Güney Kafkasya…

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The South Caucasus Concert : Each playing its own tune


Jos Boonstra – The South Caucasus comprises the former Soviet states of Armenia, Azerbaijan and
Georgia. It lies at the crossroads of Europe, the Middle East and Asia and is subject to the often conflicting geopolitical influences of Russia, the European Union (EU), Turkey, and the United States (US). Iran might have an influential role in the region in the future. Armenia, Azerbaijan and Georgia are far from being helpless pawns in this geopolitical contest for influence and affiliation. Indeed to some degree they play these external actors off against each other.

Armenia looks north to Russia for support; Azerbaijan is wary of integration initiatives but close to Turkey; and Georgia’s objectives are fixed westwards towards the EU and US. Together these three countries and the five ‘external’ actors constitute a dense web of interdependent relationships that affects governance and values; security and conflict; and trade and energy.

Russia, however, is by the far the most dominant power as recent and on-going conflicts illustrate: Russia-Georgia war of August 2008 and the current war in Ukraine show very clearly that Russia is prepared to use force to safeguard its interests in neighbouring regions.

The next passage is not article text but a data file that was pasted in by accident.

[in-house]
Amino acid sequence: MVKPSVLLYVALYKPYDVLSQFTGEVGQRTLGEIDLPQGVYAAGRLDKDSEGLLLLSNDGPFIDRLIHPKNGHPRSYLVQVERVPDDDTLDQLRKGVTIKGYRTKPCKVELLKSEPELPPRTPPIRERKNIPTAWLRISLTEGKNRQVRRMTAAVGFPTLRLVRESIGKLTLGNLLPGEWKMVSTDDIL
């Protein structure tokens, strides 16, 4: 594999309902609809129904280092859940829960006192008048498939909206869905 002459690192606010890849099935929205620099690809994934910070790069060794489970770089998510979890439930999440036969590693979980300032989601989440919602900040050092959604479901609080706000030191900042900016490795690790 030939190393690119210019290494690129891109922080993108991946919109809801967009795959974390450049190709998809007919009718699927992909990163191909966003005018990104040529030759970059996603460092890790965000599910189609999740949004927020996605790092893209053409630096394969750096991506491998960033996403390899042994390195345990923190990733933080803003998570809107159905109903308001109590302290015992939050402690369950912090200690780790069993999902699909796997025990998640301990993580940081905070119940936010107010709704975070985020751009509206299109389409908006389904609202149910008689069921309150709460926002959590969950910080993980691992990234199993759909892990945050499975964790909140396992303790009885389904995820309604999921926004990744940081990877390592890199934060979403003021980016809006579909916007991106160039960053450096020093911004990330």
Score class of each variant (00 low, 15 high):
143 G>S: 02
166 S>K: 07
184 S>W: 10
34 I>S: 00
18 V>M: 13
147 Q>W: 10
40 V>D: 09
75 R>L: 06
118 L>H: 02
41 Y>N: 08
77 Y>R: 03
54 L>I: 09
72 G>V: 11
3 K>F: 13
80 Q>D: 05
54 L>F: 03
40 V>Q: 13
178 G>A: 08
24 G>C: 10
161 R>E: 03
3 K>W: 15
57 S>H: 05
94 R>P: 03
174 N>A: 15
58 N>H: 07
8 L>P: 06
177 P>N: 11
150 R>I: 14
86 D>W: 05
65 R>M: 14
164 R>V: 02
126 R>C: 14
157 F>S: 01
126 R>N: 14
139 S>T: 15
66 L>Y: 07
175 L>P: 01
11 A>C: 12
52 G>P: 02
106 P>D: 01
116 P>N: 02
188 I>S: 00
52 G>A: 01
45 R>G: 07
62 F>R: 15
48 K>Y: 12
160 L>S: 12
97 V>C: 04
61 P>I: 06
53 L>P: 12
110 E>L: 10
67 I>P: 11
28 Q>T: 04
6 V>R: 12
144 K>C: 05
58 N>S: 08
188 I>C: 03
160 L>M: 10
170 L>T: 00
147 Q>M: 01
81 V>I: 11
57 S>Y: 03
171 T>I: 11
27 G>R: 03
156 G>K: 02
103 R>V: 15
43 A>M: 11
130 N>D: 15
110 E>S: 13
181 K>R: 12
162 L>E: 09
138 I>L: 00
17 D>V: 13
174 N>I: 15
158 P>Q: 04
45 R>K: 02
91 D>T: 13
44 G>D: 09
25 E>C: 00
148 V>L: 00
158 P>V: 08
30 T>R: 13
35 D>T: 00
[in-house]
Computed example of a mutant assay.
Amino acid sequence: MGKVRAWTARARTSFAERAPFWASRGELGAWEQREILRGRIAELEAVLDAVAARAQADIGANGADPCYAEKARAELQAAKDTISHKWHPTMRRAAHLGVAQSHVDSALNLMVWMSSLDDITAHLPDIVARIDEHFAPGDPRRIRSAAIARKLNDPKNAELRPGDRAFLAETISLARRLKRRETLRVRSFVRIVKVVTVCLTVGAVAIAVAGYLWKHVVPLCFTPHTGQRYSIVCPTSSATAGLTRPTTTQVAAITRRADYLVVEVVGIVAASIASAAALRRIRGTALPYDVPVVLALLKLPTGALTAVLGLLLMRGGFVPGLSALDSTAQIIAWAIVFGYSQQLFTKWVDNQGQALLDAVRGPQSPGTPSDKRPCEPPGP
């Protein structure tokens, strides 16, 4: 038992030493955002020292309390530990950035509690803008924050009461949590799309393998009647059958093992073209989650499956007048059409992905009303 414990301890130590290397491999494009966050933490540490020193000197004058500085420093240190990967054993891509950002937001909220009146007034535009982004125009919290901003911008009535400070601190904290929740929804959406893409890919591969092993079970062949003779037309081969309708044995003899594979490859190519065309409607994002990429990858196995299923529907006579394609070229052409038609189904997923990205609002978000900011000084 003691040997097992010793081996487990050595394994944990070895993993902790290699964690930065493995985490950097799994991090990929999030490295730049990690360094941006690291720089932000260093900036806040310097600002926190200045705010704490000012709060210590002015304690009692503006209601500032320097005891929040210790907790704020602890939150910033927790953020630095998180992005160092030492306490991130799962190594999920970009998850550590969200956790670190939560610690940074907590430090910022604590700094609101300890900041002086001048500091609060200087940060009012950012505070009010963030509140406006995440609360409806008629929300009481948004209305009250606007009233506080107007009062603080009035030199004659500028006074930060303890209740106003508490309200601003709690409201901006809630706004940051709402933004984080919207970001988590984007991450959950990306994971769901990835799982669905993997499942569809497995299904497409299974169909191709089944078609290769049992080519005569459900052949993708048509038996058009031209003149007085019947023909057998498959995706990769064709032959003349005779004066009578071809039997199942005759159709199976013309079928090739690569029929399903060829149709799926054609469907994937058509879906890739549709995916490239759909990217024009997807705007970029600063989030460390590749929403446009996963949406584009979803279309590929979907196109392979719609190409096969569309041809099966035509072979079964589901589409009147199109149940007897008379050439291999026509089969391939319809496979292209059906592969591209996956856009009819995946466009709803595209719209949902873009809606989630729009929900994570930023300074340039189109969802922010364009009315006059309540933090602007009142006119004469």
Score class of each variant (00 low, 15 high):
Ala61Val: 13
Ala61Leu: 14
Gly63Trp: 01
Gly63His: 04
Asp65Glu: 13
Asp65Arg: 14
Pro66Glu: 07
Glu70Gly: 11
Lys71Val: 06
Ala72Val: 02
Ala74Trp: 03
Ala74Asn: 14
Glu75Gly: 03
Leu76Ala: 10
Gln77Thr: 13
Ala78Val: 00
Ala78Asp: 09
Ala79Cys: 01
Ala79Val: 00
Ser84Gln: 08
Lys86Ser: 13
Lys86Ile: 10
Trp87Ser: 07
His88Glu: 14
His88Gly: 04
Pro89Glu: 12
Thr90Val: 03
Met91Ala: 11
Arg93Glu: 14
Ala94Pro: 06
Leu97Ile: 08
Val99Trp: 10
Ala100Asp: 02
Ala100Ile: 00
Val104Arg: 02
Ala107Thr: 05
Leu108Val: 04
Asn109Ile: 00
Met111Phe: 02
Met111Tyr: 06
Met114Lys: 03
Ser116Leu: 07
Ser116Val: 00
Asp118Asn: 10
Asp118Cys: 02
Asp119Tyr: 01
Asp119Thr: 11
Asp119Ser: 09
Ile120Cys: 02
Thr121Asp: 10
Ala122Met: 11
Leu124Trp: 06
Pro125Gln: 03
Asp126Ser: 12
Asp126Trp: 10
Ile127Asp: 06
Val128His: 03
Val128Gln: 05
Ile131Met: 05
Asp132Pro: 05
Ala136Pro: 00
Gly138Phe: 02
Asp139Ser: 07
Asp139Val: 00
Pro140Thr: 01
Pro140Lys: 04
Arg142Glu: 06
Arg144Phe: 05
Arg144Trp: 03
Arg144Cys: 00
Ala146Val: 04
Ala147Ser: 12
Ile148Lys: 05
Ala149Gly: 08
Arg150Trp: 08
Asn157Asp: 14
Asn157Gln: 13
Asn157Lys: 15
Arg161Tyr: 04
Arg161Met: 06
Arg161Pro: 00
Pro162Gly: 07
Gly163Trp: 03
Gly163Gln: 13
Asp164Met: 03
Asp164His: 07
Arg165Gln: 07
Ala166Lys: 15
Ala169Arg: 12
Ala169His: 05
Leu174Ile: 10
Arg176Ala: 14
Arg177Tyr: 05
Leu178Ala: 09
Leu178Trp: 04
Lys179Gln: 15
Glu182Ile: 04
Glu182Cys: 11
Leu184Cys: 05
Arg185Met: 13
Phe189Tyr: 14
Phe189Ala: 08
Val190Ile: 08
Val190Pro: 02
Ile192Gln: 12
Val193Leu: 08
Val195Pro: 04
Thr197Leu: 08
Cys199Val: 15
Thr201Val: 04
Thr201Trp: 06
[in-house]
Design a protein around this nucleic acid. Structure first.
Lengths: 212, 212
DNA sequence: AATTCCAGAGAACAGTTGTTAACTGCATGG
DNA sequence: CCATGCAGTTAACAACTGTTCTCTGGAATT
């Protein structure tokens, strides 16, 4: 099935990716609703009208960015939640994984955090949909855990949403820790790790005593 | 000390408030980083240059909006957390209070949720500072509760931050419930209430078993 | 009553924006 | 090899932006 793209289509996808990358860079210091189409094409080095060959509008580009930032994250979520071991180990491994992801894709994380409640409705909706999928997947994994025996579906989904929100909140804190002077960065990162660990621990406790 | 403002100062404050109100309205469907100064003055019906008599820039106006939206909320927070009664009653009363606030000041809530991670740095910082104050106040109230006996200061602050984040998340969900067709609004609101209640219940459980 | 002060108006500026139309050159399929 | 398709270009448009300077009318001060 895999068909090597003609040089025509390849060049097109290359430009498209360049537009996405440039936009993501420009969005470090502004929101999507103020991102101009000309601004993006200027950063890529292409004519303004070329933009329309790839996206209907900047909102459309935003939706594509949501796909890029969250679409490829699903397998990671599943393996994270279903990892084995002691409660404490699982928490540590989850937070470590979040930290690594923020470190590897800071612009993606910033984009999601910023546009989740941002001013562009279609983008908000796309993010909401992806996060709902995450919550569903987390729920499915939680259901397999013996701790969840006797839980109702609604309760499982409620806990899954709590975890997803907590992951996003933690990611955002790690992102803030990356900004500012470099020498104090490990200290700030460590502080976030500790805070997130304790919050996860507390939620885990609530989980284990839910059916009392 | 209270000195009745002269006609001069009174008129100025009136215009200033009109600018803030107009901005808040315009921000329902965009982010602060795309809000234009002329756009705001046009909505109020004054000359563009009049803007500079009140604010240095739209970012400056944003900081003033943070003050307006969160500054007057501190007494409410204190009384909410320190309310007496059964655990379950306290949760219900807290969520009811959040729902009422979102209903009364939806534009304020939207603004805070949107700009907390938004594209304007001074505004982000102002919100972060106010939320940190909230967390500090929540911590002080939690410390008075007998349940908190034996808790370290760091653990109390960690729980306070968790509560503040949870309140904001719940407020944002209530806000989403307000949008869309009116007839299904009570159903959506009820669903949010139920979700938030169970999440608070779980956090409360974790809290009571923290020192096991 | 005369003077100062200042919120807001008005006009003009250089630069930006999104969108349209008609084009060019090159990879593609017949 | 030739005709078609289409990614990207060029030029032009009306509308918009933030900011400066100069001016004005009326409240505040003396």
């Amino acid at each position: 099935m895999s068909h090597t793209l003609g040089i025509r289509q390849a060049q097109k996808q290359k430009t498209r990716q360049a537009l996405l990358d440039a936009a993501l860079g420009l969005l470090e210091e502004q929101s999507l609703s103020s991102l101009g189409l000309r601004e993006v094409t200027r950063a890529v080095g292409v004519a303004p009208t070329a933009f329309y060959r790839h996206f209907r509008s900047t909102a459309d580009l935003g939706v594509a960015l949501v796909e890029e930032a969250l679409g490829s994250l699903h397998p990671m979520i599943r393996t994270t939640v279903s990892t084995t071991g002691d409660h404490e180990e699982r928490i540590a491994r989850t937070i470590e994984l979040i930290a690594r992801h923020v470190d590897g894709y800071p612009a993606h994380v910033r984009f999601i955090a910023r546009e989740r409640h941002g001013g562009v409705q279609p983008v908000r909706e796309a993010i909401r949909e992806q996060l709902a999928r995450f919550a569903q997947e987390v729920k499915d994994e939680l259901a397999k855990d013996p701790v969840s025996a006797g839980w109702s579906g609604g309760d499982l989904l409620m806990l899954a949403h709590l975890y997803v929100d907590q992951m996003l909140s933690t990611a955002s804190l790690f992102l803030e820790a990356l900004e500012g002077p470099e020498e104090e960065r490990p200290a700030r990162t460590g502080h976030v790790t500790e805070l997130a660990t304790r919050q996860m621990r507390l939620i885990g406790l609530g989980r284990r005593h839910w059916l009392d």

It will not tolerate closer EU and NATO relationships with former Soviet republics in the
South Caucasus. Meanwhile the political will to devote attention and resources to the South Caucasus is more modest in Ankara, Brussels and Washington, not least because of other pressing matters such as the conflicts in Ukraine and Syria. Clearly not every region can be a top priority for the EU, US or Turkey. This paper argues, however, that more awareness and possibly cooperation are needed on the part of Ankara, Brussels and Washington to counter Russian influence and ensure stability. The South Caucasus is a highly combustible powder keg – especially the Nagorno-Karabakh conflict – with the potential to have impacts well beyond its small mountainous area.

The EU will need to seek closer coordination with the US and develop practical ways to include Turkey more directly, also through the EaP structures. Brussels will need to devote ample attention to Russia and the South Caucasus in the current reviews it is undertaking.

As part of this exercise it could formulate a security road map of objectives and initiatives.

It should further fine-tune its efforts on democratisation and adhere to one standard for human rights, condemning all violations in neighbouring countries. Russia will argue that the EU and the US are conducting the South Caucasian concert while Brussels and Washington firmly believe the opposite is the case. The EU needs to make sure its tune is harmonious for all the peoples of the South Caucasus. [Full Document]

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